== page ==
Instead, it seems fairly clear that if (and it’s a big “if”) we want to prevent house price escalation now, then we need to address the demand side of the equation. In a future post I’ll look at potential policy measures, but let’s first identify and discuss some of the different demand drivers:
- Population growth is driving increased demand for owner-occupied dwellings: Auckland’s population is growing rapidly and this is largely good news, i.e. more locals are having babies, fewer locals are leaving (or coming home), and more migrants are choosing to live in NZ, especially Auckland. Reducing population growth is not really a viable proposition, as it basically means either making it less desirable to stay here and/or harder to migrate here. And it seems likely to be the sort of thing that risks over-shooting and heading into negative territory. Population growth does cause problems, but from what I can tell a lack of population growth would be even more problematic, and harder to turn around once it got started.
- Investment this seems to have two components, domestic and international. Domestically it seems like Auckland is attracting capital from around the country. This might be caused by some capital flight from Christchurch and/or a lack of population growth in many rural regions. International investment is likely being driven by increasingly liberalisation of capital flows, NZ’s open economy, low rates of property taxation (see below), and Auckland’s persistently high ranking in international liveability indices. Reducing demand for investment properties really requires policies that reduce the investment returns from property. This applies equally to domestic and international investors.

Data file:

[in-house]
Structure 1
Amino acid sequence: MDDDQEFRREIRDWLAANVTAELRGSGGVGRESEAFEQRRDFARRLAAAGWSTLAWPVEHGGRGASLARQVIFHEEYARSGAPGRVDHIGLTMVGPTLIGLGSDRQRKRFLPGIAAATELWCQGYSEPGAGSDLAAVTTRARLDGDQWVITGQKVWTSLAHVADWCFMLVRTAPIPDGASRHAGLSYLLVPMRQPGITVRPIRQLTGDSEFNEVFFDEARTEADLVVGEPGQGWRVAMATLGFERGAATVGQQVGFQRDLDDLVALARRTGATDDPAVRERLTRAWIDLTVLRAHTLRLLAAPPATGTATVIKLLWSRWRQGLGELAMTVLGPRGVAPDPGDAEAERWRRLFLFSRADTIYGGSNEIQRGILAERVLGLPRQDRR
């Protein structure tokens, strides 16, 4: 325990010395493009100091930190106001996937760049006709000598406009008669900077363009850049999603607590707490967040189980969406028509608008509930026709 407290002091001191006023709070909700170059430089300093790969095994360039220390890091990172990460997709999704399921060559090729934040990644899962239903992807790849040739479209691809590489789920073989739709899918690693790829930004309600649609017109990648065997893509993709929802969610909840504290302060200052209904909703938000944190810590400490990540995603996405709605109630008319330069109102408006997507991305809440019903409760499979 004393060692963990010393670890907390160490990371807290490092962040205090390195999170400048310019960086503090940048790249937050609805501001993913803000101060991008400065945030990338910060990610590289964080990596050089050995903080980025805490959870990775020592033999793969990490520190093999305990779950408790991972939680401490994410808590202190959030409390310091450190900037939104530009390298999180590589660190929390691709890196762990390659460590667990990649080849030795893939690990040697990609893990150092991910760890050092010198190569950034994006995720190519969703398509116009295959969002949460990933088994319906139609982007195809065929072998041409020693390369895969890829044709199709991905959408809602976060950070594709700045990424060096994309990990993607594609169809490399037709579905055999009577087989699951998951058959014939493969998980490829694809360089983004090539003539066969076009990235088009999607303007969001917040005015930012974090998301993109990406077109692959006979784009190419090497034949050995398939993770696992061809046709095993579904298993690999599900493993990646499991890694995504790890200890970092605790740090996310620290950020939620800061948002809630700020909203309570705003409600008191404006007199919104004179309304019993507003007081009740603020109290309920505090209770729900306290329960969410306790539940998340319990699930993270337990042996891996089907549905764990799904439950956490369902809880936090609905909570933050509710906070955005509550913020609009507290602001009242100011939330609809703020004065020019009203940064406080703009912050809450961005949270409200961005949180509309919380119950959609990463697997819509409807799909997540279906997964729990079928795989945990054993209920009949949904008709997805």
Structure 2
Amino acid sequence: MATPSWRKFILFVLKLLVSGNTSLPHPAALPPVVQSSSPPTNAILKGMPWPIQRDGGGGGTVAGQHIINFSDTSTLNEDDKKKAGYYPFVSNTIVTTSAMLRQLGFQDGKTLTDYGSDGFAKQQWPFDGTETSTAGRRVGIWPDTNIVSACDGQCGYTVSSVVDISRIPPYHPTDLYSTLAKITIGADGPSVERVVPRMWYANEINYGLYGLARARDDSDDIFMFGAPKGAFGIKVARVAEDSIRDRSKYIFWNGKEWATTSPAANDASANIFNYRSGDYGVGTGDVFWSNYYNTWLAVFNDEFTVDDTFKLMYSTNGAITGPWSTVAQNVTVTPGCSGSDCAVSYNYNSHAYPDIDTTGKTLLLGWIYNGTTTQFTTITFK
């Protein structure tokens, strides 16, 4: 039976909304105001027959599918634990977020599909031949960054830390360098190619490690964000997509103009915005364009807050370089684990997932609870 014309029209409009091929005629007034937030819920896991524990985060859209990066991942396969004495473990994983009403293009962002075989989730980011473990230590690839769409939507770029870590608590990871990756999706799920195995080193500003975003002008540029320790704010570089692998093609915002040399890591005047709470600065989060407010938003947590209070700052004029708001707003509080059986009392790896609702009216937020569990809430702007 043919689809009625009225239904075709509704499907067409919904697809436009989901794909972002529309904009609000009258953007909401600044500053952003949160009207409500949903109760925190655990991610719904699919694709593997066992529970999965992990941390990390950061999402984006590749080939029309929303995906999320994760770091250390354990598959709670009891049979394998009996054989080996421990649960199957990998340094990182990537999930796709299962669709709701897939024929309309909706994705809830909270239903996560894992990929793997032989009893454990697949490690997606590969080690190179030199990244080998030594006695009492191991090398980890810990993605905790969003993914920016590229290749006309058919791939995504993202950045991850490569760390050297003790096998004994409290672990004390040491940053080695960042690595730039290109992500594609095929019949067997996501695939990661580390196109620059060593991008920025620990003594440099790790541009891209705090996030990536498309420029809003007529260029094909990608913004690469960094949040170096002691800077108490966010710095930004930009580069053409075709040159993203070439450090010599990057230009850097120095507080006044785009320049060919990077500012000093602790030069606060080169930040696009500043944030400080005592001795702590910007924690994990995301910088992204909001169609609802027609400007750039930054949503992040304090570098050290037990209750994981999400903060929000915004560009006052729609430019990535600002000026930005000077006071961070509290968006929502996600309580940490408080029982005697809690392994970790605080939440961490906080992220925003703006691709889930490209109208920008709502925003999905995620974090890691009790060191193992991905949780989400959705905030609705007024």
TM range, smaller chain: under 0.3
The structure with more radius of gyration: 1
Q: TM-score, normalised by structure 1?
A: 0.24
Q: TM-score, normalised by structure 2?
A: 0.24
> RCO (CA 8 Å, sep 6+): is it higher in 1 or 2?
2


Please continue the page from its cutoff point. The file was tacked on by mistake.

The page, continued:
- Renters: The demand for houses is also affected by the number of people who are prepared to rent. Data suggests more people are opting to rent, which is indirectly serving to take demand out of the market for houses. In comparison to other countries NZ seems to lack long -term protections for tenants. It may be that increasing protections for tenants, or creating a more long-term market for tenancies, would make renting more attractive and in turn help to take heat out of the house market. In this context, it seems to be an odd time for the Government to use KiwiSaver to deliver subsidies to first home buyers (and thereby stoking demand).
For now it looks like the Government is not prepared to make a move on demand; I find their reluctance perplexing for one main reason: New Zealand collects a relatively low share of tax revenue from property compared to other OECD countries. Research by Arthur Grimes and Andrew Coleman (usefully summarised by Interest.co.nz) suggests New Zealand collects 5.7% of our taxes from property versus 8.3% for the OECD. In this context, it seems highly plausible to suggest that some of the demand Auckland is experiencing may stem from relatively low rates of taxation on property.